I had already pretty much made up my mind. Sean Connery was James Bond because, duh, Goldfinger. Never mind that 007 was supposed to be English and Sean's Scottish brogue only got thicker with each iteration. I had seen the face of James Bond and it was Mister Connery.
So imagine my hard to please sneer when I heard he was being replaced by that TV spy, Roger Moore. I can't say that I had watched an episode of The Saint before I landed on my opinion, but knowing that Mister Moore was able to wear a tuxedo well did not immediately qualify him for the big leagues. I kept this bias running through my eleven year old head in the first moments of Live and Let Die. Maybe it was the hard rocking theme from Paul McCartney and the Wings. Maybe it was the first time I had sat in a movie theater to get my James Bond fix. Maybe Roger Moore was up to the task of carrying a license to kill. It was probably a pastiche of those factors along with the sweeping zeitgeist of the seventies. Cubby Broccoli had made his choice and we were going to live with it. And let die with it.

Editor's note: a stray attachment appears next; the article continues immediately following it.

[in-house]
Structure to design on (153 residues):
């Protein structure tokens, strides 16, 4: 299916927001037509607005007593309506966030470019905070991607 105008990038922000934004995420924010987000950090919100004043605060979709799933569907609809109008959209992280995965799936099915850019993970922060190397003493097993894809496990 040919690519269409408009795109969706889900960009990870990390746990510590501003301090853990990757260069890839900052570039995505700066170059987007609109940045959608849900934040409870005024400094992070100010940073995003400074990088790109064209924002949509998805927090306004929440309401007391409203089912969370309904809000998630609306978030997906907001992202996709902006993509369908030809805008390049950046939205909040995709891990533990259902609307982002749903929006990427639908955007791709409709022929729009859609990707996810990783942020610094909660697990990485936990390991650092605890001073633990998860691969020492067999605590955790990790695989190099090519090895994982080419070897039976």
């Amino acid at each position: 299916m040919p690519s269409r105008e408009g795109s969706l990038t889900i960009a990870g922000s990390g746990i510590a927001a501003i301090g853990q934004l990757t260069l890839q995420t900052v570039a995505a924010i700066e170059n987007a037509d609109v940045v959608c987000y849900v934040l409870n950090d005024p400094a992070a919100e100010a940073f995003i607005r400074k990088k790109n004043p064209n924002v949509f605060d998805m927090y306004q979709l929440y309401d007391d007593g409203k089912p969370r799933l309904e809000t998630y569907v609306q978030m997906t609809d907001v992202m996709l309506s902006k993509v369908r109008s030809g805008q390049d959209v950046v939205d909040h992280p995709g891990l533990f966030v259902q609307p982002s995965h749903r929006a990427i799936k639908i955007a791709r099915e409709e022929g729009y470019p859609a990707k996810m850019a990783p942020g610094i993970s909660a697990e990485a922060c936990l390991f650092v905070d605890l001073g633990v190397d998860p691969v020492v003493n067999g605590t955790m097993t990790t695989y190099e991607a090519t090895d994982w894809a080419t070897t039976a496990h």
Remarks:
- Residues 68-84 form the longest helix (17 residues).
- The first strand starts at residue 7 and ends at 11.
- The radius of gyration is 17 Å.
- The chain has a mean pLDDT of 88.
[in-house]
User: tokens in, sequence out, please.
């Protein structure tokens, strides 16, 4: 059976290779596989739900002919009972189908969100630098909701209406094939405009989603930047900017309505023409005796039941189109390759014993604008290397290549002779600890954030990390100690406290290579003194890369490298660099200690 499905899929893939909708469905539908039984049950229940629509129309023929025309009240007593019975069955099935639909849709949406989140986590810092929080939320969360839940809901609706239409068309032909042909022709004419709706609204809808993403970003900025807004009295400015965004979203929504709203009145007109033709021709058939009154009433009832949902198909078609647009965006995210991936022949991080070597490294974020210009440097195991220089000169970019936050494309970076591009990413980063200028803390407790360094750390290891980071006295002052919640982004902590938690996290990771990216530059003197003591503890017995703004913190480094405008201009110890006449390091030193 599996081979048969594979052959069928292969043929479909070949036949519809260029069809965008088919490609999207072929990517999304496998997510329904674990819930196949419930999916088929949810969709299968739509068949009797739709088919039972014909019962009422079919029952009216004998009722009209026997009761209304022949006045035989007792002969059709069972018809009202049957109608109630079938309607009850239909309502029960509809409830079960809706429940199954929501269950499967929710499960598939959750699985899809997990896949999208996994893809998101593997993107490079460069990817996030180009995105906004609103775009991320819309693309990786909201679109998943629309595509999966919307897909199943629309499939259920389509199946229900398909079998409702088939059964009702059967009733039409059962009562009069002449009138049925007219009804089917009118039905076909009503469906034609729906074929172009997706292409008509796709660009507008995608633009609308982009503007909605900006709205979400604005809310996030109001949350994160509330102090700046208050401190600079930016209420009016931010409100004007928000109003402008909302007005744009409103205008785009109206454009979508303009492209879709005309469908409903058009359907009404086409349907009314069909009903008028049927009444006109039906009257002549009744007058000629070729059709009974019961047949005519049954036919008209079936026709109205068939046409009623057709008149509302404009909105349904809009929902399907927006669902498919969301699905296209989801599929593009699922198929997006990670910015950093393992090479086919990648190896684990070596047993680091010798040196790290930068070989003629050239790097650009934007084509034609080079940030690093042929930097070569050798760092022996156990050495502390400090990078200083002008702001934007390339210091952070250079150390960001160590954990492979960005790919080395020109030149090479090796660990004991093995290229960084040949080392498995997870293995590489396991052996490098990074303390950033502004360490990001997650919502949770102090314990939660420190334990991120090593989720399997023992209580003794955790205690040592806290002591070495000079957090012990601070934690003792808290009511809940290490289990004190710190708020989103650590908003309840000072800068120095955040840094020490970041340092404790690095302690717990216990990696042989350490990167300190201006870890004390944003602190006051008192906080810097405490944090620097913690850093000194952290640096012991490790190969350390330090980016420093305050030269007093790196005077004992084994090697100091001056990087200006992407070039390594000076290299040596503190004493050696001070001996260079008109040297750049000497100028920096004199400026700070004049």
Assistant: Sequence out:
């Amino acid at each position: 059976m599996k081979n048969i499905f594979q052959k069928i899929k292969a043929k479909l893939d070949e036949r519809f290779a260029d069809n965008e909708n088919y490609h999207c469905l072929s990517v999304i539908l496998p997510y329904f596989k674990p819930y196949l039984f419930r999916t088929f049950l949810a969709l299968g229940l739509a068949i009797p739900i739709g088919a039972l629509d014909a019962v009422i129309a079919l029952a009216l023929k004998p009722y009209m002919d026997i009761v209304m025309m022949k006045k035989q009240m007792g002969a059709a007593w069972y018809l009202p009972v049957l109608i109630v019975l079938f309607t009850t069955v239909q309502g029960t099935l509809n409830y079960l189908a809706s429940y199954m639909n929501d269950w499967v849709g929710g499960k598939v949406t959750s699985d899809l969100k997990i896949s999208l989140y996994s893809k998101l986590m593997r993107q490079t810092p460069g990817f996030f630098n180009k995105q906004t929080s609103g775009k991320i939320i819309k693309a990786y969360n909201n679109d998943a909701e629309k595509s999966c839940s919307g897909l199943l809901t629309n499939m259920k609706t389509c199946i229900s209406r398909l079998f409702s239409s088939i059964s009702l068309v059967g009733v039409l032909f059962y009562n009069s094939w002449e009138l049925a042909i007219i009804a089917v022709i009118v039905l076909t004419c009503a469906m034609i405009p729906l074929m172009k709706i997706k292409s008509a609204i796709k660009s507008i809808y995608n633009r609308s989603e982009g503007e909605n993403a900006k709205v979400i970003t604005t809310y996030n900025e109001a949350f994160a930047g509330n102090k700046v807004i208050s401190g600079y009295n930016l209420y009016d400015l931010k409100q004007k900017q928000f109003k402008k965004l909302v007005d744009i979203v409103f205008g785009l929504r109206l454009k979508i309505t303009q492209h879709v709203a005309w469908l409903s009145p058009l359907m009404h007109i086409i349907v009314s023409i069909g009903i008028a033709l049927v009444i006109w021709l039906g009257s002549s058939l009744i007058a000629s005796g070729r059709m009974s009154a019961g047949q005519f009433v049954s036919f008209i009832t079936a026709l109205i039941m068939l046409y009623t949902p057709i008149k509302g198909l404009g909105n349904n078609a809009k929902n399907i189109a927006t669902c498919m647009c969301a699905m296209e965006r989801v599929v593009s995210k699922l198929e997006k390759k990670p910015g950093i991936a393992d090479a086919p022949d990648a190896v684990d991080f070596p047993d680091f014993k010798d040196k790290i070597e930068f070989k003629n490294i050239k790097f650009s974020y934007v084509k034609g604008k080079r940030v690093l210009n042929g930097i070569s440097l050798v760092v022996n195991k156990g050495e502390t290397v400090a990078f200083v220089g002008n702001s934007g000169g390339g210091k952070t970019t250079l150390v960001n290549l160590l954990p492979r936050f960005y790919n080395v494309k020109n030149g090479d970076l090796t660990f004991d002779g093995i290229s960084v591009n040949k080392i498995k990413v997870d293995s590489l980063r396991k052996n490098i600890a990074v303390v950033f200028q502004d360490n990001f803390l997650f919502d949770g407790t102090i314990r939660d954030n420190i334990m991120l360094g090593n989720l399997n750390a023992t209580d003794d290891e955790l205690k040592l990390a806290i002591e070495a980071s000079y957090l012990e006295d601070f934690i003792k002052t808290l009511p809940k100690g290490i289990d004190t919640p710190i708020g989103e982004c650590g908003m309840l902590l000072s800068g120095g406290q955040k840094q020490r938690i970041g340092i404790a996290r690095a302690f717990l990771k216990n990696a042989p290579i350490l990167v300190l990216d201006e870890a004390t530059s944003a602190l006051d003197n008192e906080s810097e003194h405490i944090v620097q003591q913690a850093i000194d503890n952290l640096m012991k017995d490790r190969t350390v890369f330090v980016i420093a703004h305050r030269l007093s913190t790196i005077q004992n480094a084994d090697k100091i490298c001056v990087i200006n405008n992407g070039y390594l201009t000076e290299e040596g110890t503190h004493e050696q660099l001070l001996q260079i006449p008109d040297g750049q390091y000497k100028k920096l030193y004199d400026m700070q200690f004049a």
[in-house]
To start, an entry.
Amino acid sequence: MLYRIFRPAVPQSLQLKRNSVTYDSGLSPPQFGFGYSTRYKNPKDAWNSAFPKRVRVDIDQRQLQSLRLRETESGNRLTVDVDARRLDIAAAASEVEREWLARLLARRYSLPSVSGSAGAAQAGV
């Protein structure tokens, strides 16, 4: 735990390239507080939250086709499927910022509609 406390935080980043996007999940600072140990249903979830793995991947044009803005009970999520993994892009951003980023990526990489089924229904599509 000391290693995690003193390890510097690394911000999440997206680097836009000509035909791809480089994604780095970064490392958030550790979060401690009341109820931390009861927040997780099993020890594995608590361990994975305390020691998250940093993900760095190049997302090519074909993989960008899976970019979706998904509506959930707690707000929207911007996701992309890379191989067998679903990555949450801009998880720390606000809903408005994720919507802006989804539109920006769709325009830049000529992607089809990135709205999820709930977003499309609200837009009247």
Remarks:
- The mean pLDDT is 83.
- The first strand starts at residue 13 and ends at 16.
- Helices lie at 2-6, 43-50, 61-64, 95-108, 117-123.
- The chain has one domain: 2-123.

And for seven feature films, from 1973 to 1985, Roger was the guy with the golden gun. Technically, this was Christopher Lee, but it makes such a fine phrase. Much in the same way that my son grew up in a world with prequel Star Wars, I was subject to the Moore-Bond, and I confess I enjoyed the ride. I still had my television reunions with Sean Connery, but soon ABC was showing Roger's oeuvre in slots that used to be From Russia With Love. Suddenly, the Aston Martin with an ejection seat had competition: An underwater Lotus. The lighter, more sardonic image of Ian Fleming's superspy began to emerge. Okay, maybe this was James Bond Lite, but it was the sustaining version of my youth. The balcony of the Flatirons theater every other summer was filled with the kids from my neighborhood awaiting the next installment.
And now, Sir Roger Moore has gone to that big gadget filled adventure in the heavens. No doubt he will show up to the Pearly Gates in a dinner jacket, with a wink of fun. Shaken, not stirred. Because that was what he brought us. Aloha, Mister Bond. You stomped on the Terra.